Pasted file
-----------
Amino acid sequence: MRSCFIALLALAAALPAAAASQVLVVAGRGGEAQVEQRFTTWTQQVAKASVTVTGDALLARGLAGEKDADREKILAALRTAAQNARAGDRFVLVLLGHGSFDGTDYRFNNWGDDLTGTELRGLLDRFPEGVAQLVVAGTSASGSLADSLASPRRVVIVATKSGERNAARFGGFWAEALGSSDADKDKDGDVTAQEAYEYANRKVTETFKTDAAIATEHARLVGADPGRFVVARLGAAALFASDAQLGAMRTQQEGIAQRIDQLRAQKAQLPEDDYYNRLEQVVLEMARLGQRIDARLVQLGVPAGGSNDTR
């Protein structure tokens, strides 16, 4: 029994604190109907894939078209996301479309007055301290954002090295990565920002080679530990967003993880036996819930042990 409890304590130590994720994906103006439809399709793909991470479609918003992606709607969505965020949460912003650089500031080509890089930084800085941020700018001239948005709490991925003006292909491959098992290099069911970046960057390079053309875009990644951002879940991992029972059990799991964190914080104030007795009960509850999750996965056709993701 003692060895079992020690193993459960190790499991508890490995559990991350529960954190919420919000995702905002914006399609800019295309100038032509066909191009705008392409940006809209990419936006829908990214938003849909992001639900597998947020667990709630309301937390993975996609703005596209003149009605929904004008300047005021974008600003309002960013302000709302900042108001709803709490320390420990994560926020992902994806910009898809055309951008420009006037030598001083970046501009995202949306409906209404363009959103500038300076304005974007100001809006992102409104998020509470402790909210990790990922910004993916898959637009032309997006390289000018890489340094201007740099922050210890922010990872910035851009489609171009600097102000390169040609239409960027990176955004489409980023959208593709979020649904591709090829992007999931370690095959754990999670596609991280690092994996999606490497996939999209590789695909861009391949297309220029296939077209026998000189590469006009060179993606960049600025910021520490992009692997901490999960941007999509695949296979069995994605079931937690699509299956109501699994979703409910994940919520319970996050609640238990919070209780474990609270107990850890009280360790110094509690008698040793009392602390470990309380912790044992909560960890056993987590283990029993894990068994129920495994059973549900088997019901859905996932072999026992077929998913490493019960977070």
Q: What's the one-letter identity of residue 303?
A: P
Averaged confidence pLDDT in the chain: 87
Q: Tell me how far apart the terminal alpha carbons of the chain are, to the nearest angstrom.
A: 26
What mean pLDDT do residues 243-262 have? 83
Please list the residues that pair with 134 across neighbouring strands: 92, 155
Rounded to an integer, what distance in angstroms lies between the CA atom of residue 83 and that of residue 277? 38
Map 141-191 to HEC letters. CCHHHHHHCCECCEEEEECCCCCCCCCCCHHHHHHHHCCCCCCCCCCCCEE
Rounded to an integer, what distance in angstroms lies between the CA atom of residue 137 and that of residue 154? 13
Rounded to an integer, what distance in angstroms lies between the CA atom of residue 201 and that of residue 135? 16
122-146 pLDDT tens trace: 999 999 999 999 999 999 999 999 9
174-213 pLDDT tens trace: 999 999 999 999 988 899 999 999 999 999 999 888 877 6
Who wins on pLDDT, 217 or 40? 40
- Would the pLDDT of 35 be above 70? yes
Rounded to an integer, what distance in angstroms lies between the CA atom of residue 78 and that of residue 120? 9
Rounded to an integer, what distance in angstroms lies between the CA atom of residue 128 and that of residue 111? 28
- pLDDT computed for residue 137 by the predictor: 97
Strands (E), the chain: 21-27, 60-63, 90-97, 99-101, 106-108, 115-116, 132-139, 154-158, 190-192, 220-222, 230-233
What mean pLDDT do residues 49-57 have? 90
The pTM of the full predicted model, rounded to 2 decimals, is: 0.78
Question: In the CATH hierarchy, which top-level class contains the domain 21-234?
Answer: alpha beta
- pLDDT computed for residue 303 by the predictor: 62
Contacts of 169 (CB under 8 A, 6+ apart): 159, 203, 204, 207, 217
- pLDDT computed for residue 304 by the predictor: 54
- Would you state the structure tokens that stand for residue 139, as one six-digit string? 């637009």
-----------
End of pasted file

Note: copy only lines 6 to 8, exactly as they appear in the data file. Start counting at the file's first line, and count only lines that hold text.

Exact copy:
Q: Tell me how far apart the terminal alpha carbons of the chain are, to the nearest angstrom.
A: 26
What mean pLDDT do residues 243-262 have? 83